Sometimes, tiles will pop loose in whole units. Try a prybar or cold chisel at a slight angle, tapping them with a hammer at the intersection of tile and mortar. This may replace the need to break up every tile with a sledge.

Be aware that tile removal can generate a huge amount of dust. It's a good idea to tape off your work area with plastic sheeting to protect your ventilation system and ensure ​dust particles do not travel needlessly through your home or office.​​​​​

Always wear a dust mask, eye protection, hearing protection, and heavy-duty work gloves when demolishing tile. The hammering and ​chiseling action can kick up shards of tile or mortar that could cause serious damage to your eyes. Tile pieces also can be very sharp when broken, so wear long sleeves to avoid injury when doing this demolition.

Ceramic tile demolition can generate a significant amount of waste, especially for large floors. You may want to consider leasing a roll-off dumpster to handle the debris.

Protective workwear
Carl Smith / Getty Images

What You'll Need

Equipment / Tools

  • Dust mask
  • Eye protection
  • Flat pry bar
  • Hammer
  • Hearing protector
  • Heavy-duty work gloves
  • Flat-edge shovel
  • Floor scraper (bully tool)
  • Masonry chisel
  • Sledge hammer
  • Boxes or wheelbarrow for carting debris
  • Circular saw (where needed)
  • Scoop shovel
  • Broom
  • Shop vacuum


  • Plastic sheeting
  • Masking tape
  • Contractor's trash bags


  1. Prepare the Work Area

    Before you begin, take some time to prepare your working area so you don't accidentally damage other things in the room.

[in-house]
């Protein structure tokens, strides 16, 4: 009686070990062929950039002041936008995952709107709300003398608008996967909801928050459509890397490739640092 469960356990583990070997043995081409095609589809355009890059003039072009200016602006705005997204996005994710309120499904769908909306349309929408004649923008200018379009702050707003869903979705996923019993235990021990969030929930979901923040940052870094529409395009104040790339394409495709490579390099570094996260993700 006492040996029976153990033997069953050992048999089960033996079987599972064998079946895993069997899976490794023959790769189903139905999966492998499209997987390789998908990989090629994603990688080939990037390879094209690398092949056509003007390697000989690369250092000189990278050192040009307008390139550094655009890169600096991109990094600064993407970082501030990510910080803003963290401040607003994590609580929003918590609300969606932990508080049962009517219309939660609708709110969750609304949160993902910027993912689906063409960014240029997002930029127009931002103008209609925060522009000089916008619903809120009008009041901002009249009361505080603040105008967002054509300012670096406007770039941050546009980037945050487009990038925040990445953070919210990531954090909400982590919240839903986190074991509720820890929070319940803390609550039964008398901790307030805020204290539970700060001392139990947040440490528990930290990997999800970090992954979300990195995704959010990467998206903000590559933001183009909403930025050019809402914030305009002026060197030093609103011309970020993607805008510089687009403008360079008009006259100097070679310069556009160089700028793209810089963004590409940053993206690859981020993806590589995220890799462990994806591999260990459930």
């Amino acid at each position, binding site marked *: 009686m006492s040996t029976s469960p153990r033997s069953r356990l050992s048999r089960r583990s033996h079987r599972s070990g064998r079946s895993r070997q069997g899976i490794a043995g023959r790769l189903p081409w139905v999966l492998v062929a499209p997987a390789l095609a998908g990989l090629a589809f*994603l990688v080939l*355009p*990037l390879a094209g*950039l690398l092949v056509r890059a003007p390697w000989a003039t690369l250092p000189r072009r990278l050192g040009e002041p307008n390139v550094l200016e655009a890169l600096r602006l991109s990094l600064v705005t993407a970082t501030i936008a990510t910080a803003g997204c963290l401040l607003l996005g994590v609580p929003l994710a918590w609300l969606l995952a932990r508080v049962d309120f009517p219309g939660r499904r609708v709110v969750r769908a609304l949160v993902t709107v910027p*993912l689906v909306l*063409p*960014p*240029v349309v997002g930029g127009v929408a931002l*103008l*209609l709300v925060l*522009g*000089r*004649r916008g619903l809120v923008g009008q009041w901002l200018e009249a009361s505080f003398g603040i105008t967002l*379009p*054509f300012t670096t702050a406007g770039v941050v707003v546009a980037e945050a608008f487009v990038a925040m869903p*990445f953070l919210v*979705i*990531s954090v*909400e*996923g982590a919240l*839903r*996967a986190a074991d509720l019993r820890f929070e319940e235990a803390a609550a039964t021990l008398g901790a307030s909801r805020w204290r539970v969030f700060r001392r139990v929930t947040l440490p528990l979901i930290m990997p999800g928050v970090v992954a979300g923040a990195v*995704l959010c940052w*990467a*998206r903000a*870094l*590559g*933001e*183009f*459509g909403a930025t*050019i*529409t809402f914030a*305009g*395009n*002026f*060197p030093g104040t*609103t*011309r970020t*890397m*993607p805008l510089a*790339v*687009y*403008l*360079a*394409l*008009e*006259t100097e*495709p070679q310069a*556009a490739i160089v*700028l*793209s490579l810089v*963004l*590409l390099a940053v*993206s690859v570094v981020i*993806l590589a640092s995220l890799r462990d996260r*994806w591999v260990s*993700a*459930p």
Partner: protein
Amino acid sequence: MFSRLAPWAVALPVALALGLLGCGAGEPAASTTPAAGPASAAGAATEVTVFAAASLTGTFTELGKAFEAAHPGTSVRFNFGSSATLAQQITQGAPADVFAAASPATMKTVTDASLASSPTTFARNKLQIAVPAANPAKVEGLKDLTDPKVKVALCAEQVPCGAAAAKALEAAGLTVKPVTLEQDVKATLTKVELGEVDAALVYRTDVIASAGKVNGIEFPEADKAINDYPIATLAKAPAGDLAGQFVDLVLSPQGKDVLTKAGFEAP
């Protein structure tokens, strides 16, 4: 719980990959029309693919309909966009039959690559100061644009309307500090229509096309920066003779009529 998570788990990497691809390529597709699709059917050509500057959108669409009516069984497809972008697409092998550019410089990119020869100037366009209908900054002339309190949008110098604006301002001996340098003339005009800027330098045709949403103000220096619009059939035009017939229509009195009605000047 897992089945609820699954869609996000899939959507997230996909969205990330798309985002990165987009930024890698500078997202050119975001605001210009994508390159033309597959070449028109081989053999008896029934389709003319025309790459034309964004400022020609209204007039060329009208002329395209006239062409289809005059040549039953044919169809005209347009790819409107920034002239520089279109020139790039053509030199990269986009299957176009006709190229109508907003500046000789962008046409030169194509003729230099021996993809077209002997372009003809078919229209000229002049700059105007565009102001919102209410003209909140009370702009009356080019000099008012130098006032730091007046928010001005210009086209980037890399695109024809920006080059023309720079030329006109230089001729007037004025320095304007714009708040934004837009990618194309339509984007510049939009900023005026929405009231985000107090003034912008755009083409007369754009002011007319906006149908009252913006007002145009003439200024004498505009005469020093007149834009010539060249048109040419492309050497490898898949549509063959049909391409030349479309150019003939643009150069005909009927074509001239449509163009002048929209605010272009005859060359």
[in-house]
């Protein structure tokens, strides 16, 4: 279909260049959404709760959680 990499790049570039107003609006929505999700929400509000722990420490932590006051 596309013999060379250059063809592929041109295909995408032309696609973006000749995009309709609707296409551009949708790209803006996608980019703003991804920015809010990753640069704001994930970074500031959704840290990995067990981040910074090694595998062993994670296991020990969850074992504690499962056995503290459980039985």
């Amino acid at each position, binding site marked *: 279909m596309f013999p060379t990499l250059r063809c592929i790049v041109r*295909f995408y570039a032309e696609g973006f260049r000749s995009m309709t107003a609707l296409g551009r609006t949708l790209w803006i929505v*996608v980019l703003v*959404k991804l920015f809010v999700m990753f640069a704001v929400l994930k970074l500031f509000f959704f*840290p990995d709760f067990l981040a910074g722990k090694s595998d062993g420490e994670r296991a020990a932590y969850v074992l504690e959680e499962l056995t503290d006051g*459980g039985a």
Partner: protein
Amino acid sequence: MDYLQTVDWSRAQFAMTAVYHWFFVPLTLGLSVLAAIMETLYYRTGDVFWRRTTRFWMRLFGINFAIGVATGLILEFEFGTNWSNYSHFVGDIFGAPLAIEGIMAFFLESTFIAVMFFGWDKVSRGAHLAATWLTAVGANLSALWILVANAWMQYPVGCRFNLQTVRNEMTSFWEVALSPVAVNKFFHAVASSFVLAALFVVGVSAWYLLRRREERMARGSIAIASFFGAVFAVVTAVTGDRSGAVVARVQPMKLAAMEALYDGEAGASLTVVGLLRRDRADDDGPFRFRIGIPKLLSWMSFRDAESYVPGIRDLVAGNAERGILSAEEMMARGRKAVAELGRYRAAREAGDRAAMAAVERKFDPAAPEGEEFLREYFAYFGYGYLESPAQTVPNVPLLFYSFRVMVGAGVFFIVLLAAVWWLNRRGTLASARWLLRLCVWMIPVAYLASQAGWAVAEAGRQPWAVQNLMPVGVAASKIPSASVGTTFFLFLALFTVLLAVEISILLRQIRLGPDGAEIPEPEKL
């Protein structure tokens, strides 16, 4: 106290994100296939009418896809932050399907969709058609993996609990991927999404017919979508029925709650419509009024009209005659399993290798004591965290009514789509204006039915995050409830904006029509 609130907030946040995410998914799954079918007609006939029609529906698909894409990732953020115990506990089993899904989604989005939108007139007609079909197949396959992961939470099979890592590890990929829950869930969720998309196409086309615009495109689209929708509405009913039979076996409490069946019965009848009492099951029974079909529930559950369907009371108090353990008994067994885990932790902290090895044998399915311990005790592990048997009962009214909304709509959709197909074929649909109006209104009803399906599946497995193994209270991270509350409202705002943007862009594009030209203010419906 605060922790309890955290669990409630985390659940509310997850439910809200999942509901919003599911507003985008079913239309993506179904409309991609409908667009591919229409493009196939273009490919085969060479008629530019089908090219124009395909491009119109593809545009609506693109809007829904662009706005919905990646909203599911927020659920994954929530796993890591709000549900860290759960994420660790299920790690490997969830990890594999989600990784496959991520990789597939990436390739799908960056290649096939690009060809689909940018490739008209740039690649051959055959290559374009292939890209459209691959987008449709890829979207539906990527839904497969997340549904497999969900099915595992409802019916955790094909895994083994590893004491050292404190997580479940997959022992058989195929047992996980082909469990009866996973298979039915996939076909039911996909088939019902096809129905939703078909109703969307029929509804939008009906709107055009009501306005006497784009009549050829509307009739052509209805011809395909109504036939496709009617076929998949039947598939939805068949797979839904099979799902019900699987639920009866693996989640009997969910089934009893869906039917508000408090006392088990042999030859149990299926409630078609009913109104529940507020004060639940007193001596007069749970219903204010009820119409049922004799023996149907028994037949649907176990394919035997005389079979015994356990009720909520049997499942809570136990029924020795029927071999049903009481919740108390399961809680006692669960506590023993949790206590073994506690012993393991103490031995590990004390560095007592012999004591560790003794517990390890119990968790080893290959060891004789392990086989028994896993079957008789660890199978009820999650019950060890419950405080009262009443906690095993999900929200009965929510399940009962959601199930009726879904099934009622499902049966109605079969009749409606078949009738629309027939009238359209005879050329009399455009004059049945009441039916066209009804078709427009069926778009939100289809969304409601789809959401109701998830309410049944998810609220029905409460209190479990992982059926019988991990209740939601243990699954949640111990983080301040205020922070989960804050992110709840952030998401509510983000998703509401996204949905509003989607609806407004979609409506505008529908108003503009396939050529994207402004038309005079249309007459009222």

Use a flat pry bar and hammer to remove all molding, trim, door frames, and doors that will interfere with the tile removal. This prevents them from getting damaged or covered in dust during demolition.

    Cover heating ducts and open doorways with sheets of plastic to control dust. Tile demolition can generate a significant amount of fine dust that can travel throughout the house unless controlled.

  2. Find a Starting Point

    Begin at the edge of the floor in a spot with easy access, such as a doorway. Wearing your dust mask and safety goggles, use the sledgehammer to break up the tile along the grout lines.

    Be extremely careful, especially when dealing with porcelain tile. The sharp edges can cut like glass.

    Floor edge with brown ceramic tile broken into smaller pieces with masonry chisel

    The Spruce / Margot Cavin


    Be judicious in the use of a sledgehammer. Repeated heavy blows can damage floor framing. Use only the amount of force necessary to break up tiles so that the floor scraper can do its work.

  3. Separate Tiles With Floor Scraper

    Once you have some of the tile removed from hammering at it, find a space to get the floor scraper underneath the tile to pry it up. The more tiles you can pry, the less hammering that will be required, which makes the job go smoother.